Anyone who ends up on Capitol Hill with an ice cream craving has some very tough decisions to make.
Over the course of the 2010s, ten square blocks of Capitol Hill have played host to a veritable ice cream renaissance. Of course there’s Molly Moon’s—one of their massive scoops on a homemade waffle cone is practically a rite of passage for incoming freshmen—but they’re one among many. There’s Bluebird and Old School and Cupcake Royale, there’s D’Ambrosio Gelato (now operated as a franchise within Gnocchi Bar) and newbie Kurt’s Farm Shop and one vegan scoop shop to come.
Artisan ice cream has been cited as a 2015 food trend, but Capitol Hill’s creameries seem to scream that ice cream will always be a classic.
“Ice cream’s been going on for a long time. It’s just good,” said Kurt Timmermeister, whose farm shop opened in the new Chophouse Row development earlier this month. His ice cream is about as small-batch as it gets, with all the milk and some of the eggs sourced directly from his Vashon Island farm.
Timmermeister makes his ice cream base—the mixture of milk, sugar, cream and eggs that underlies all specialty ice cream—from scratch, before stirring in locally-sourced add-ins like salted plums, fresh mint, and rhubarb.
Many of Timmermeister’s peers share his passion for local sourcing.
“There are actually lots of other reasons [aside from the artisan ice cream trend] we put the thought and care that we do into our ingredients and flavors,” said Molly Moon’s spokeswoman Emilia Arnold in an emailed statement. “Using locally-grown ingredients is better for the environment… it also gives us the chance to support local farmers.”
As Bluebird Ice Cream’s Josh Reynolds sees it, responsible sourcing has one other notable benefit: taste.
“Ours isn’t cheap ice cream, but it’s really special. And there’s a time and a place if you want cheap ice cream, I’m not against it!” Reynolds said. “But I think Bluebird Ice Cream is something special because we really use the best ingredients.
Reynolds cites his shop as one of the first of its kind to open on Capitol Hill, back in 2009. According to Reynolds, an uncertain economic climate is actually good for the ice cream business.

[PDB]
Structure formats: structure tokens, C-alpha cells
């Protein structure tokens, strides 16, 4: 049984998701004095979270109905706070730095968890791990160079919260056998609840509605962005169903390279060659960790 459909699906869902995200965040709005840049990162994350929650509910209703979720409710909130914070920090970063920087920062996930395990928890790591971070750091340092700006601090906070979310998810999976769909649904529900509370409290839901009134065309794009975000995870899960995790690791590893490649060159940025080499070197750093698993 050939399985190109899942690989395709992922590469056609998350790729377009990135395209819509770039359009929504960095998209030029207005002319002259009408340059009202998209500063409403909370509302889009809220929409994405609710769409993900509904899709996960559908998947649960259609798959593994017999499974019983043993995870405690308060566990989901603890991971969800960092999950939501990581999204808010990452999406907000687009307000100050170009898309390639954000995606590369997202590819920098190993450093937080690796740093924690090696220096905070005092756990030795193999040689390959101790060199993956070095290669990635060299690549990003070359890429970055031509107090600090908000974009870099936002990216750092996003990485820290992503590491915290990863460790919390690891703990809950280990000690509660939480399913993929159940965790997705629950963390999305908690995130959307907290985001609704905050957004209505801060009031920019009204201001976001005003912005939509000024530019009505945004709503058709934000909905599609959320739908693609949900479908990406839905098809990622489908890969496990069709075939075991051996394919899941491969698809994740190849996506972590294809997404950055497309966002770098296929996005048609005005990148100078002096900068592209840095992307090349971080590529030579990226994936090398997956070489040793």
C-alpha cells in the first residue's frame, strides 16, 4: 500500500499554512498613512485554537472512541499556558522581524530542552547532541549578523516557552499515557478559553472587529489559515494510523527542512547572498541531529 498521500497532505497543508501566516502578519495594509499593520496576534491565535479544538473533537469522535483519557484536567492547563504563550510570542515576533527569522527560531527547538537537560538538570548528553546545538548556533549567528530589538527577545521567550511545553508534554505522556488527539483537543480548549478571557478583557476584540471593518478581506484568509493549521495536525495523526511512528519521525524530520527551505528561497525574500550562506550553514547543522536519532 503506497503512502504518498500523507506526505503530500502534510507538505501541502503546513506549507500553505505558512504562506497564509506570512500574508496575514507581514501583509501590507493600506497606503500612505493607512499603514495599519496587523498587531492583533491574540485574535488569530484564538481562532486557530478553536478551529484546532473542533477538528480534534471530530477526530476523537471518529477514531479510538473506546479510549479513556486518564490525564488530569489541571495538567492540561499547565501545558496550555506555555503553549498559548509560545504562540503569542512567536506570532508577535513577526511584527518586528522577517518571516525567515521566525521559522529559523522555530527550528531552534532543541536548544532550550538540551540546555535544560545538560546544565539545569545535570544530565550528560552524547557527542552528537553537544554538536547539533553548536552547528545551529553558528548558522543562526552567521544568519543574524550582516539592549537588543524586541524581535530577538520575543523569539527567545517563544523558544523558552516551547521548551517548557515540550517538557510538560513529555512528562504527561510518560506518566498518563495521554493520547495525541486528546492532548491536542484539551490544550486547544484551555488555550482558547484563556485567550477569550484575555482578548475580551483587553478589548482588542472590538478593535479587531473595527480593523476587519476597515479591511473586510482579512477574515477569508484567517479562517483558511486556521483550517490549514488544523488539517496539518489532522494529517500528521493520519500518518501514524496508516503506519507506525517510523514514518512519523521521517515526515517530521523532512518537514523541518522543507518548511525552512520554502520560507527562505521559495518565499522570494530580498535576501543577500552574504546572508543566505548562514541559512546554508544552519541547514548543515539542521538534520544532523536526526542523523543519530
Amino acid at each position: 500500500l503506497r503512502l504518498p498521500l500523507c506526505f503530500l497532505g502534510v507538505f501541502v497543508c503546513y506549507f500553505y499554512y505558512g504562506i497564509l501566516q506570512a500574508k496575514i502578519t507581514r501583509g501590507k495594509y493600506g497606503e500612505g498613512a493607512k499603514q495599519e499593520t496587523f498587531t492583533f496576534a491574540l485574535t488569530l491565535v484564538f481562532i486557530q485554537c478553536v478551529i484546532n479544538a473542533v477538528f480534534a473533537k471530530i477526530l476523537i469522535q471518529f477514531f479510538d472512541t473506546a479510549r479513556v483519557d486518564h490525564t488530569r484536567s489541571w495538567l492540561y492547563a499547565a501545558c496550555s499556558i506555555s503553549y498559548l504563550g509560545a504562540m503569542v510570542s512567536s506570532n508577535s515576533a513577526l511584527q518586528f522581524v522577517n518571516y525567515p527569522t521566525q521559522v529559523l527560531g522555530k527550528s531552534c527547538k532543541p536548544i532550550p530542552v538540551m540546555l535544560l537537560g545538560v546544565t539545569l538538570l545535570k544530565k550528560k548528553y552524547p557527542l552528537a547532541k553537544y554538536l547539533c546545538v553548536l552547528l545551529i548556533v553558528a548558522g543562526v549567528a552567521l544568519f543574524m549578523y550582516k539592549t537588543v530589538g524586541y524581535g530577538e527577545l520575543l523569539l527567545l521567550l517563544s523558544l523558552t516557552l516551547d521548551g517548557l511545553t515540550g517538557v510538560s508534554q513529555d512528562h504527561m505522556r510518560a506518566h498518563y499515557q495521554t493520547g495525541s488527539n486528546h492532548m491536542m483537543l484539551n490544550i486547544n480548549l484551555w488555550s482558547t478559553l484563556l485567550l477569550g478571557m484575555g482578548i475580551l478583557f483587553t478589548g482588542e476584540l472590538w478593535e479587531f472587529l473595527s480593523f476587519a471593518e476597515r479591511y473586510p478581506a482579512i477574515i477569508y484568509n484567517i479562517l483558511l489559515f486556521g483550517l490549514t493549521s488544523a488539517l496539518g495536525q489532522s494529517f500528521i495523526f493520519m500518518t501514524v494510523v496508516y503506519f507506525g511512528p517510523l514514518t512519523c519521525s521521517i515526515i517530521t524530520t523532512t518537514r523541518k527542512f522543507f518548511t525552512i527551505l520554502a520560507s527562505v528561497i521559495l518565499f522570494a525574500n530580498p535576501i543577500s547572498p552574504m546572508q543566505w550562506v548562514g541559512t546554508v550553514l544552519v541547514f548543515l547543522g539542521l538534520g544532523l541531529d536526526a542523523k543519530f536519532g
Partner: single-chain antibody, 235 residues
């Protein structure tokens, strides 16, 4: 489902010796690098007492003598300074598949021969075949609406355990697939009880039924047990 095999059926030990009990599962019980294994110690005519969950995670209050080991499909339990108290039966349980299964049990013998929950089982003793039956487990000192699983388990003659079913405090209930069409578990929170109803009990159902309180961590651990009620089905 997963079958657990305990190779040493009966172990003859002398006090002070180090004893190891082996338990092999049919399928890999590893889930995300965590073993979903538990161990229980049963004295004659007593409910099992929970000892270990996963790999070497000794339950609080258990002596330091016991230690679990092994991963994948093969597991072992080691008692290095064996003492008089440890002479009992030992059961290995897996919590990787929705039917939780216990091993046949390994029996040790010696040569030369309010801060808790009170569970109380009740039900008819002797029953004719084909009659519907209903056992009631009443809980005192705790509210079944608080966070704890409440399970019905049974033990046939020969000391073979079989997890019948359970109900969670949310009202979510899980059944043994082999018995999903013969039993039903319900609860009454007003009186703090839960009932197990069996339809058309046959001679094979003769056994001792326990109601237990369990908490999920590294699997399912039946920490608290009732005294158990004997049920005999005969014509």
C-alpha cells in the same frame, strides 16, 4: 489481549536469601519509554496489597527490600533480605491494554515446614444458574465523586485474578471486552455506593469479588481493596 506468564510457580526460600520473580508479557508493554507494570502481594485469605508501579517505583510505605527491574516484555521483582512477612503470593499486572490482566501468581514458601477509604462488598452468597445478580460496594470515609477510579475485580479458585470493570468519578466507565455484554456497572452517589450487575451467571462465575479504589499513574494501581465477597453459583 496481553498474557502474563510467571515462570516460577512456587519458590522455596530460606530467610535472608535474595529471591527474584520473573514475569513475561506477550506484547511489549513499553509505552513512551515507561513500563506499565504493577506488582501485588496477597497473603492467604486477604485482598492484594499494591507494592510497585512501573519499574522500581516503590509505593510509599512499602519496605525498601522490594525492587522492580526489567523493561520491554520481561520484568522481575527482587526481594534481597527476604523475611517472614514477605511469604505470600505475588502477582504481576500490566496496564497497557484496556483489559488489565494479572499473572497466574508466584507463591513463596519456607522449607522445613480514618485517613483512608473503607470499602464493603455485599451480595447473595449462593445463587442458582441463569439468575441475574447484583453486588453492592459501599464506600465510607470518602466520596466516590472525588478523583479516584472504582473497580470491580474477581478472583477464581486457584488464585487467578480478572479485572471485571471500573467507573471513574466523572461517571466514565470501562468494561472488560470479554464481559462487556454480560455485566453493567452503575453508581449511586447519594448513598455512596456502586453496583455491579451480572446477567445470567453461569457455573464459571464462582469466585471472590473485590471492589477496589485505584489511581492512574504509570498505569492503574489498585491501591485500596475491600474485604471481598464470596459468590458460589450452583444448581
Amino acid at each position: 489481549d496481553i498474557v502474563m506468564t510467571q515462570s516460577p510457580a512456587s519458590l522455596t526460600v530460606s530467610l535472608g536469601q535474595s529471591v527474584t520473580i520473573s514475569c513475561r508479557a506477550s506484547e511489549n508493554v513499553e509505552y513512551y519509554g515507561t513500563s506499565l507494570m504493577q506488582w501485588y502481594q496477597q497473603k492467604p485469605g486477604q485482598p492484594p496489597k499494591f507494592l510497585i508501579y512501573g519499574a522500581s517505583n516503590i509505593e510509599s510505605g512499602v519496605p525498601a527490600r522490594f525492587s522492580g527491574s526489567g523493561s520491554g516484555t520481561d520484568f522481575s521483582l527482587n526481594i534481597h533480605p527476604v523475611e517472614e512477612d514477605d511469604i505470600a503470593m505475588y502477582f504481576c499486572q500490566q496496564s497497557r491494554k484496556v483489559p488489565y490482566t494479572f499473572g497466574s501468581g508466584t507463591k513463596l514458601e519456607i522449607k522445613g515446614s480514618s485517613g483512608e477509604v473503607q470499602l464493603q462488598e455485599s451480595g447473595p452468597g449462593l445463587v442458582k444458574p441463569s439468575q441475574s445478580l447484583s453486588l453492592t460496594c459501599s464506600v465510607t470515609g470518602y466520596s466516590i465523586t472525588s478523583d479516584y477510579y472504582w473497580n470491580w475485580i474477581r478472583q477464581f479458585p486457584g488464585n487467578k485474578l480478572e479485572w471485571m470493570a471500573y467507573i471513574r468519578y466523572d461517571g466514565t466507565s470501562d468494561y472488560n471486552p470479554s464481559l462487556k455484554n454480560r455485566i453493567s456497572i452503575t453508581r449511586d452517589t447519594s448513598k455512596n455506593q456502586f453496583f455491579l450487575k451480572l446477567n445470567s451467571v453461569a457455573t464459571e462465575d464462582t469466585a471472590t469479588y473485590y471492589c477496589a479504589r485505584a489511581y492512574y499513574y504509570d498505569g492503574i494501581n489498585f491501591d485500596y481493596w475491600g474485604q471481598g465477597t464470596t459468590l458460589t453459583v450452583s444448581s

“It was right at the height of the recession. Ice cream is a small-ticket item, and it’s a happy item,” Reynolds said. “In uncertain times, it’s a low-priced happy thing that makes you feel good.”
Time Magazine also reported an uptick in ice cream sales nationally in 2010.
A few other creameries opened alongside Bluebird, including Molly Moon’s, which set up shop just a few months before. Arnold cited the neighborhood’s density and diversity as a factor in the store’s success.
“Our Capitol Hill shop draws college students, young professionals on dates, families with kids, school groups, empty nesters, concert-goers, you name it,” Arnold said.
Old School Frozen Custard, which specializes in a high-density version of ice cream with a high proportion of egg yolks, also opened just after the recession.
“Of all the areas that we looked at, we felt that Capitol Hill was the best location for a small, independent type of business,” said manager and part-owner Rick Drouet.
While most of the hill’s ice cream shops do surprisingly good business in the cold months, they really hit their stride in the summertime.
At Bluebird, the summer will bring a handful of new collaborations with local companies like Ballard Bee Company, as well as a presence at Capitol Hill Block Party (last year, that pairing begot a popular new flavor: A$AP Rocky Road).
As for Molly Moon’s, local farm collaborations will bring a slew of special flavors: vegan cherry chunk with Theo Chocolate and local cherries, a Skagit Valley blueberry lemon custard, and a Washington watermelon sorbet. They also plan to sponsor KEXP’s Concerts at the Mural, and will be serving scoops at shows every Friday in August.
For Timmermeister, the summer could bring new flavors and later nights, but no major plans to expand beyond his 300-square-foot space.
Caroline may be contacted at [email protected]